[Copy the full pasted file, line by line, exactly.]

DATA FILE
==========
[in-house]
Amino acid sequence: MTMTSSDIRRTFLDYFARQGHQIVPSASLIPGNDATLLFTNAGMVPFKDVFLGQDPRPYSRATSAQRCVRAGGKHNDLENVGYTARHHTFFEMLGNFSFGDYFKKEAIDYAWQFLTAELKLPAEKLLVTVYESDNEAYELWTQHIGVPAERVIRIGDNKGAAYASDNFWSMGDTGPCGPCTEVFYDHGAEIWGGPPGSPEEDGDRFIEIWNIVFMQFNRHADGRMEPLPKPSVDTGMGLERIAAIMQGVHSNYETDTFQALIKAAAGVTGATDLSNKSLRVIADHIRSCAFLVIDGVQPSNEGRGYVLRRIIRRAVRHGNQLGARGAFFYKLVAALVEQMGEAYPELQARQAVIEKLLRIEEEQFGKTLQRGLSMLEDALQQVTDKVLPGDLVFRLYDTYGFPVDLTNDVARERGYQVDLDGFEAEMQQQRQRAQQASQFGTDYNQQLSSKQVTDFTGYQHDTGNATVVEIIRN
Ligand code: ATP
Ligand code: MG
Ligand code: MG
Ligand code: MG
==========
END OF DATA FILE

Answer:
[in-house]
Amino acid sequence: MTMTSSDIRRTFLDYFARQGHQIVPSASLIPGNDATLLFTNAGMVPFKDVFLGQDPRPYSRATSAQRCVRAGGKHNDLENVGYTARHHTFFEMLGNFSFGDYFKKEAIDYAWQFLTAELKLPAEKLLVTVYESDNEAYELWTQHIGVPAERVIRIGDNKGAAYASDNFWSMGDTGPCGPCTEVFYDHGAEIWGGPPGSPEEDGDRFIEIWNIVFMQFNRHADGRMEPLPKPSVDTGMGLERIAAIMQGVHSNYETDTFQALIKAAAGVTGATDLSNKSLRVIADHIRSCAFLVIDGVQPSNEGRGYVLRRIIRRAVRHGNQLGARGAFFYKLVAALVEQMGEAYPELQARQAVIEKLLRIEEEQFGKTLQRGLSMLEDALQQVTDKVLPGDLVFRLYDTYGFPVDLTNDVARERGYQVDLDGFEAEMQQQRQRAQQASQFGTDYNQQLSSKQVTDFTGYQHDTGNATVVEIIRN
Ligand code: ATP
Ligand code: MG
Ligand code: MG
Ligand code: MG